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Energy Efficiency Highlighted for Earth Day

Press Release

Location: Salt Lake City, UT

Governor Jon Huntsman encourages Utahns to focus on personal habits and practices for energy conservation in conjunction with Earth Day, which is Sunday.

"We must work together to be more aware of our actions and their consequences on the beautiful world we all inhabit," Governor Huntsman said. "On this Earth Day I hope we take an introspective inventory of our lives and contemplate what we can do as individuals to be more eco friendly and energy efficient in all that we do."

Energy Policy Advisor to the Governor, Dr. Laura Nelson stresses Utah's Energy Efficiency Policy in celebration of Earth Day.

"When we think about pollution we think about cars and smokestacks. But buildings are a major factor of electric and water use and waste production," she said. "Just think, if we could reduce energy and water use, or recycle our waste back into our buildings, it would be the best thing we could do for the people that share this planet."

The 2006 Governor's Energy Efficiency Policy set goals to increase energy efficiency by 20 percent statewide by year 2015. The State of Utah is leading by example by:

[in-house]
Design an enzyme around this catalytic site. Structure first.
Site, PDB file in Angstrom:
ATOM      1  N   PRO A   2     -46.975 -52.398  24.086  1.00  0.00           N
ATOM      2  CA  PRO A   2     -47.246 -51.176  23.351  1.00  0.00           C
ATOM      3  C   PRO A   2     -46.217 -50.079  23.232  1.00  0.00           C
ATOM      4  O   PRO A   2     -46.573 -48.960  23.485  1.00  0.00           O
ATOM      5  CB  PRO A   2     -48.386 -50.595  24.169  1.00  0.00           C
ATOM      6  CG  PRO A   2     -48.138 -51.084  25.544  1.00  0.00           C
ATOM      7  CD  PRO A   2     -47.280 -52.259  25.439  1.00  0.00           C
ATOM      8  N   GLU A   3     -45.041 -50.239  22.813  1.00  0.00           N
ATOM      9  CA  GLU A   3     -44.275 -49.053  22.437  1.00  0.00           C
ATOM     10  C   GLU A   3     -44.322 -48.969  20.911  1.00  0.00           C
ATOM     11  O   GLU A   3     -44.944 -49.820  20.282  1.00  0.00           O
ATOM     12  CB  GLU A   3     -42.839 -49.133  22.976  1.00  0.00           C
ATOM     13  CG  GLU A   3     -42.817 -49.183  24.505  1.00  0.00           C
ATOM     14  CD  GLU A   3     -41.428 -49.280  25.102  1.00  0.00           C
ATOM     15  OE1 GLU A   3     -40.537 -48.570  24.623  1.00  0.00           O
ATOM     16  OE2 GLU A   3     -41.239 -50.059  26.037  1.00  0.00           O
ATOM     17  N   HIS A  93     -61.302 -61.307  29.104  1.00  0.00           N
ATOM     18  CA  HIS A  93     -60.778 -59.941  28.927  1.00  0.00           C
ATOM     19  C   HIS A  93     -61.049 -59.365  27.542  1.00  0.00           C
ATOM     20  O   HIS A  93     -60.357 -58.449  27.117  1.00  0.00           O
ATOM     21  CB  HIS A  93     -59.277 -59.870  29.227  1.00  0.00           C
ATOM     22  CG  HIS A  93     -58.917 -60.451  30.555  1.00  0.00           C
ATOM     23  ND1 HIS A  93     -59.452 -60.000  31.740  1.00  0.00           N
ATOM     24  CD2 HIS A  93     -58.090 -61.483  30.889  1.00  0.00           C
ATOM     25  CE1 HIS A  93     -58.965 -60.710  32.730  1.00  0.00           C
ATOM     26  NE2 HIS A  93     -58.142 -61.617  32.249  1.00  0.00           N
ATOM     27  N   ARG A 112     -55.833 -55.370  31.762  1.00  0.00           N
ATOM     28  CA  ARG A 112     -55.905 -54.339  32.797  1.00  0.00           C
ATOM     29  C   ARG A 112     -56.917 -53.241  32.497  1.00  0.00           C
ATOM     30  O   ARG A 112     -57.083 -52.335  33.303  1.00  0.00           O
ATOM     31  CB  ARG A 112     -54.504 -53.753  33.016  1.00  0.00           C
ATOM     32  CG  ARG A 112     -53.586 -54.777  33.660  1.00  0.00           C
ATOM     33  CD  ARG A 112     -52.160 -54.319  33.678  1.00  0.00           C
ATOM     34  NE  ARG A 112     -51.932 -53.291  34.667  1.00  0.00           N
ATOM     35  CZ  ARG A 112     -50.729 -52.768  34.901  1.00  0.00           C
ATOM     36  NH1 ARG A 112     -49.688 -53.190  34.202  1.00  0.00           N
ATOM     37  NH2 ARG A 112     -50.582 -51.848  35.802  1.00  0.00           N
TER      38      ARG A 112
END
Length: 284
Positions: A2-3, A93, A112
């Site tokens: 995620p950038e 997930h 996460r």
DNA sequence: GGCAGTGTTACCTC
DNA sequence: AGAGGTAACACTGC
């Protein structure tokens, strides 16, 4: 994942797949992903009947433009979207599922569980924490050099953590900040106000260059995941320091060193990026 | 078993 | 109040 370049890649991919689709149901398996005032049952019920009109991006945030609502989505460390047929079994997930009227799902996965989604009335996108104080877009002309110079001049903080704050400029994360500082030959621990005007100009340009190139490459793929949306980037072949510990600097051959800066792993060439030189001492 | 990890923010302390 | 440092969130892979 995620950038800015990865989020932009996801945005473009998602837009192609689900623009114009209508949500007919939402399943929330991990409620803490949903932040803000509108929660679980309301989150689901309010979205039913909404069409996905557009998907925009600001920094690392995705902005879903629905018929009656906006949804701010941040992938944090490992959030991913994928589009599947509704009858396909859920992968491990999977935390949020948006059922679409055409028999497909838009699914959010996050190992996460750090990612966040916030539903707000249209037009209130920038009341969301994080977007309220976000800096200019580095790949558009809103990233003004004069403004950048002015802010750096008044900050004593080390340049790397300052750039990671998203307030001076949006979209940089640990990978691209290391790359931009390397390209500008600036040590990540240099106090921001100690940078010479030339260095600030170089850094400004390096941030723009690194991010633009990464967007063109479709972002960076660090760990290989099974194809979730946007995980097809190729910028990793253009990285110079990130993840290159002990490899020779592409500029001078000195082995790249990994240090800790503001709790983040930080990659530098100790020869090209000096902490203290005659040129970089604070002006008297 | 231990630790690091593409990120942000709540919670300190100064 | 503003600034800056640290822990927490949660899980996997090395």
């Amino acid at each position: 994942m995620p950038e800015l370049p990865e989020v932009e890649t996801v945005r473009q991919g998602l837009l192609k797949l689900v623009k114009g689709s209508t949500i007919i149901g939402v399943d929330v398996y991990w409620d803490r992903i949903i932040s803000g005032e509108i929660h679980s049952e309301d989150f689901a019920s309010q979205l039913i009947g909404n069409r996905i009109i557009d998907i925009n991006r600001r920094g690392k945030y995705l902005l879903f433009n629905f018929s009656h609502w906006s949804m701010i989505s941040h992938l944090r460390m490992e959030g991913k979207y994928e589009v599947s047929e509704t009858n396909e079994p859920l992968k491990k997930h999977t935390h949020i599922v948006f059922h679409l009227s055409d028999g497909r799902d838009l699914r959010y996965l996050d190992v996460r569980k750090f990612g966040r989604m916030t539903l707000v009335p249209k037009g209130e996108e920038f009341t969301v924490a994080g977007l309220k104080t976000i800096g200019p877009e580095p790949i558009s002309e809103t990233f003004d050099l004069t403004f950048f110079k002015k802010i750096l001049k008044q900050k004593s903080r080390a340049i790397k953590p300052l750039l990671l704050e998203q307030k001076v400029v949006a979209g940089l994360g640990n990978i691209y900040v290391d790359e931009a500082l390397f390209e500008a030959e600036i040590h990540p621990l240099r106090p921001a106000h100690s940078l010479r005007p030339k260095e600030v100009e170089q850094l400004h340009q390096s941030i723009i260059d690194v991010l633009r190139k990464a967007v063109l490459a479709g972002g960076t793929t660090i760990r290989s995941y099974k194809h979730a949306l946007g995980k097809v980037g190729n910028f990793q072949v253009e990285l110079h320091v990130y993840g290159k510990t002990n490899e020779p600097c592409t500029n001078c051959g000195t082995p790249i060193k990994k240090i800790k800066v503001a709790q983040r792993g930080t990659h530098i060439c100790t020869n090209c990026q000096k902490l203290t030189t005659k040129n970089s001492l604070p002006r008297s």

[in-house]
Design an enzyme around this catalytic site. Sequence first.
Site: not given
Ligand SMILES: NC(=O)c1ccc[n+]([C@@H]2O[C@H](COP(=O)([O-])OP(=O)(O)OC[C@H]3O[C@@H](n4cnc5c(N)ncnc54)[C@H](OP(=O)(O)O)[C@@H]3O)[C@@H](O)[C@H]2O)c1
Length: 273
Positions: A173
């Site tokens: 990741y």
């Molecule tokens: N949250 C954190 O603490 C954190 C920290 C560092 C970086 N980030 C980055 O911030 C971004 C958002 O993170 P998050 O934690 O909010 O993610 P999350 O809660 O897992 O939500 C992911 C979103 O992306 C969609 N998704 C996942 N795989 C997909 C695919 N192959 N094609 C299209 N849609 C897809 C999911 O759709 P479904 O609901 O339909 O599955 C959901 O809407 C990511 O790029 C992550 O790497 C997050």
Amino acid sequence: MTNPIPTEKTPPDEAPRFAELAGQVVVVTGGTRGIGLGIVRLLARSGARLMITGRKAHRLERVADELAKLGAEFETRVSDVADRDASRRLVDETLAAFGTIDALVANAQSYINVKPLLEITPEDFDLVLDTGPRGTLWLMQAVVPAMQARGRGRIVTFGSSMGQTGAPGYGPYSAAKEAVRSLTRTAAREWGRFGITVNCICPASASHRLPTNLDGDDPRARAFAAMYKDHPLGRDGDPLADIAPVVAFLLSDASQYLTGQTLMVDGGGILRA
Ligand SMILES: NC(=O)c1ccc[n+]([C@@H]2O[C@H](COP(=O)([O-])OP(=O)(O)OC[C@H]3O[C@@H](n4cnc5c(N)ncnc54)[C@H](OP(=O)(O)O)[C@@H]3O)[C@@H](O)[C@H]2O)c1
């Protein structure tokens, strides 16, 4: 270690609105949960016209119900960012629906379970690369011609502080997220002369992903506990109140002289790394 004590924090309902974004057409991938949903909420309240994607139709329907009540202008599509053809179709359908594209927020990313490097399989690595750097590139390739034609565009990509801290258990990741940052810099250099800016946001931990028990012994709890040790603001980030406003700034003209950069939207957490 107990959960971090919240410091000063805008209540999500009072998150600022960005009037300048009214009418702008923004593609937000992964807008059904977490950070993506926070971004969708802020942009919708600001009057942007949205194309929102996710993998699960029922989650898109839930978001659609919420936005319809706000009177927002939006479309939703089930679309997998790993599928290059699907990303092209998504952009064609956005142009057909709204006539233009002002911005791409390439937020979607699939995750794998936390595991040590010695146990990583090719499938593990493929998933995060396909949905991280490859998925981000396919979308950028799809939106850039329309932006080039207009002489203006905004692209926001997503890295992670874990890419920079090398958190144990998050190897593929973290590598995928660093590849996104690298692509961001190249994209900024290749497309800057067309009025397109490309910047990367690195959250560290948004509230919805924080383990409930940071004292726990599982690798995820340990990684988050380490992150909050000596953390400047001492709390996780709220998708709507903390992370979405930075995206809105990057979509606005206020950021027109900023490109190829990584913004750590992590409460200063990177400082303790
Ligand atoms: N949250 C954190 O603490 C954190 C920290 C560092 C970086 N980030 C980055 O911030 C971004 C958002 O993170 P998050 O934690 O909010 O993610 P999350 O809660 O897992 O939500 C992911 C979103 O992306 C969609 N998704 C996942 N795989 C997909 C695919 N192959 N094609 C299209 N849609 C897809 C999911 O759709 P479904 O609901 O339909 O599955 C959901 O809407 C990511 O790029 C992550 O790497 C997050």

* Using High Performance Building Design Standards for new State construction projects.
* Applying cost-effective technologies and advanced management techniques for its 36 million square feet of State-owned and operated buildings.

Green high performance buildings can save up to 30 percent on energy use, 35 percent in carbon emission, 50 percent in water use, and 75 percent in building waste. The financial impact is 1.5 to 2 percent on construction costs with a return on investment of 20 to 40 percent. When all the benefits are considered, the costs are insignificant.

The State is currently updating the existing buildings with the latest lighting technology. In addition, many of the buildings are being "tuned-up." Every agency and institution is involved throughout the State. The $1.5 million investment will be equal to the savings within three years.

The State has kept implementation costs low by taking advantage of Rocky Mountain Power's energy incentive program. Students from Southern Utah University and inmates at Central Utah Correctional Facility will install their own lighting upgrades, respectively. These unconventional partnerships and volume purchases will help drive costs down.

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